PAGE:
In Memoriam: W. Gerald Rainer, MD

STS Founder Member and Past President (1989-1991)

One of the Society’s most dedicated members passed away on November 14, the day after his 90th birthday.

W. Gerald Rainer, MD was a Founder Member, Secretary (1979-1984), President (1989-1991), and Historian (1992-2007), whose legacy with the Society includes development of the STS seal, the President’s gavel, and the famous STS tie. He received the Society’s Distinguished Service Award in 1998.

Born in Alabama, Dr. Rainer earned his medical degree from the University of Tennessee in 1948 before completing an internship at Wesley Memorial Hospital in Chicago. He then served in the Korean War as a First Lieutenant in the Army Medical Corp, receiving the Bronze Star and Combat Medical Badge.

Following his military service, Dr. Rainer moved to Colorado, where he would spend the remainder of his life. He completed residencies in surgery and thoracic surgery at the Denver VA Hospital. In 1959, he was the first to complete a fellowship in thoracic and cardiovascular surgery at the University of Colorado. He ascended through the ranks at the University of Colorado, where he was active in the operating room and had a thriving research practice.

STS Past President Frederick L. Grover, MD had a long friendship with Dr. Rainer, beginning when Dr. Grover was a general and cardiothoracic surgery resident in the 1960s. 

“I remember well one of my first procedures was closing a patent ductus with Jerry as the faculty attending assisting me, and he made it a very easy operation,” Dr. Grover said. “Jerry was not only a superb surgeon and leader within his institution, but also made time to be an important leader in STS and other professional societies. This takes a very special effort by someone with a very busy private practice.”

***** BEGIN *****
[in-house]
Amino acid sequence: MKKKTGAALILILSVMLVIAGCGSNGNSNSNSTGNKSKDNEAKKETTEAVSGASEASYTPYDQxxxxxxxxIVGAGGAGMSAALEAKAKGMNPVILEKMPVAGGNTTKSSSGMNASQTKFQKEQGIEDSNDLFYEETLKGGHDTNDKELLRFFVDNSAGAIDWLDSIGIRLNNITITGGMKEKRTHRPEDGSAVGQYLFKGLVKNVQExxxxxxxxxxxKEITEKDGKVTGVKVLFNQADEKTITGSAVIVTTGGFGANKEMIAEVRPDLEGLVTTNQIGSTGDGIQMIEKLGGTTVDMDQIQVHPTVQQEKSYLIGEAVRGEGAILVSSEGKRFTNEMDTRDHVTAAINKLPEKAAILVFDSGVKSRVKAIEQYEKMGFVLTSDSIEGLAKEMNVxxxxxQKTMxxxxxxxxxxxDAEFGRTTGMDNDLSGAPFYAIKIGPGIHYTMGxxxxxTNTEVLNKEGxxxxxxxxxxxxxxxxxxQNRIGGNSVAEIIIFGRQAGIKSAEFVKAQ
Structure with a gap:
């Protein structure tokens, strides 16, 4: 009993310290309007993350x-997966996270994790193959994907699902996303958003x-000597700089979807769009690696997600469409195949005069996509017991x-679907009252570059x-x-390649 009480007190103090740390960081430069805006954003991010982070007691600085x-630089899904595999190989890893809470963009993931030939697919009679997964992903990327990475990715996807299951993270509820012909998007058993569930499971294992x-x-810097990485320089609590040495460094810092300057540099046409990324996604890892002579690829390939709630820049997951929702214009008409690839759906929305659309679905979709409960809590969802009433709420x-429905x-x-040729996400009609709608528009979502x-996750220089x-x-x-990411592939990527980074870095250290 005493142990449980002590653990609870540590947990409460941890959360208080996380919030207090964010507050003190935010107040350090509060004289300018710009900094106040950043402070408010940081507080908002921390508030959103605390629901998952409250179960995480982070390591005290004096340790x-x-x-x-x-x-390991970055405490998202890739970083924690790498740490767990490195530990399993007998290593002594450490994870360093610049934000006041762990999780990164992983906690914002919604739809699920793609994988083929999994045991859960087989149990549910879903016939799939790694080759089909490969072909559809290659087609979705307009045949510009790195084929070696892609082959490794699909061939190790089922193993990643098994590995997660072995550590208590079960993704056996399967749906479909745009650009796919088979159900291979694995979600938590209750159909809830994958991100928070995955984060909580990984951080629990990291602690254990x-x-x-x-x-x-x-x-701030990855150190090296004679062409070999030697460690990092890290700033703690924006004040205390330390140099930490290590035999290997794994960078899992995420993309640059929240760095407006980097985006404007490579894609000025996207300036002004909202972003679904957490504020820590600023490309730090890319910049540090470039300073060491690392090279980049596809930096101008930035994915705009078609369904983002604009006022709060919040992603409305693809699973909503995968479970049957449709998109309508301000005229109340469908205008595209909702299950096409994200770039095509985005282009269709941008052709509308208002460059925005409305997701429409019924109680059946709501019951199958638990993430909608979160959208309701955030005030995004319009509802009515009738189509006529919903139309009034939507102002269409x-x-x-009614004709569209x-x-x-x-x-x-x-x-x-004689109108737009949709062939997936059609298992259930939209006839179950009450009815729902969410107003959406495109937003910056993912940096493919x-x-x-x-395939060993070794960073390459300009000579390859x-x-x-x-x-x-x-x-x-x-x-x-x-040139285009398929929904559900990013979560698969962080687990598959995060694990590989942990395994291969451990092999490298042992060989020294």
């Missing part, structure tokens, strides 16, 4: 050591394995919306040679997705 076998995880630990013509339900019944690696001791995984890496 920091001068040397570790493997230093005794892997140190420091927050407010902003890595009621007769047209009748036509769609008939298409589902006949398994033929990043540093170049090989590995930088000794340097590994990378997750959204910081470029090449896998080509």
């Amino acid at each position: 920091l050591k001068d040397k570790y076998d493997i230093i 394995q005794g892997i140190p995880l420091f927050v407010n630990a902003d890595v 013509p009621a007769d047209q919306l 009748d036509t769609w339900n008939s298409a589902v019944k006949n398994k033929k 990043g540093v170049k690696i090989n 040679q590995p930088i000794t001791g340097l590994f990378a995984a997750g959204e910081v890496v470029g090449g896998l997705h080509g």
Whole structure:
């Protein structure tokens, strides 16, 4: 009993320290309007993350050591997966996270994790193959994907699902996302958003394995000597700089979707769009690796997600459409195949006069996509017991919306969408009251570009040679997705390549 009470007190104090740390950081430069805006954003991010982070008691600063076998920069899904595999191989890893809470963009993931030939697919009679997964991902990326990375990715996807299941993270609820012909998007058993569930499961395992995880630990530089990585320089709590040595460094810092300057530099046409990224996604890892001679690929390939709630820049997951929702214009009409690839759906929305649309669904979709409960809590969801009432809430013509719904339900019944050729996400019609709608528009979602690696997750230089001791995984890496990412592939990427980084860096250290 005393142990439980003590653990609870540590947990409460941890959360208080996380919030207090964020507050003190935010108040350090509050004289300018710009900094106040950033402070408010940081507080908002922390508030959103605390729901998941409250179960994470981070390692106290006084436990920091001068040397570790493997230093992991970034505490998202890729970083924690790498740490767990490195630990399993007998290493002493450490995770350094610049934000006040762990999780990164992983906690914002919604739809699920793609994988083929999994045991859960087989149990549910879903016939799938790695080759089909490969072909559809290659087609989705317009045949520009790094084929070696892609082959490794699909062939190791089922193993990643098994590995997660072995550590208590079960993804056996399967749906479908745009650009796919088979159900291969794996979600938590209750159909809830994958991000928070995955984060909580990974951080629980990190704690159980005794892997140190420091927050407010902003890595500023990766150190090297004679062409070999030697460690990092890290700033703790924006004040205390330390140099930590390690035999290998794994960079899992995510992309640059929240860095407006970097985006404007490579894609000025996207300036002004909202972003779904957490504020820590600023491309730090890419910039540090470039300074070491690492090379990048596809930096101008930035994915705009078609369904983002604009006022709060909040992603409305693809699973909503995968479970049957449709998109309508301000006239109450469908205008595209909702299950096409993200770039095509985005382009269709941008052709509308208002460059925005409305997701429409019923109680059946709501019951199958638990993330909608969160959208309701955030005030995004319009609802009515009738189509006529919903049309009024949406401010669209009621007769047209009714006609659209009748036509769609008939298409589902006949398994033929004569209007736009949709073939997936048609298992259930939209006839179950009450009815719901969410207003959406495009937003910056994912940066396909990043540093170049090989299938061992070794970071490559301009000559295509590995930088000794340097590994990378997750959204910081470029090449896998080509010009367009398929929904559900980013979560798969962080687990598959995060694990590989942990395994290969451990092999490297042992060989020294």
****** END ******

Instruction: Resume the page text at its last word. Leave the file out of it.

In his 1991 Presidential Address, “Profiles of Leadership in Thoracic Surgery,” Dr. Rainer outlined the characteristics shared by the Society’s leaders, including loyalty, excellence in clinical practice and education, adaptability, dignity, and compassion.

“Compassion is a trait that should accompany us certainly from the time we enter medical school and should serve as one of the strongest forces directing our relationships with others. This involves not only the compassion that we should have for our patients but for all of humanity,” Dr. Rainer said. “We, as physicians and thoracic surgeons, cannot afford to look the other way when there are such compelling social issues facing us at every turn.”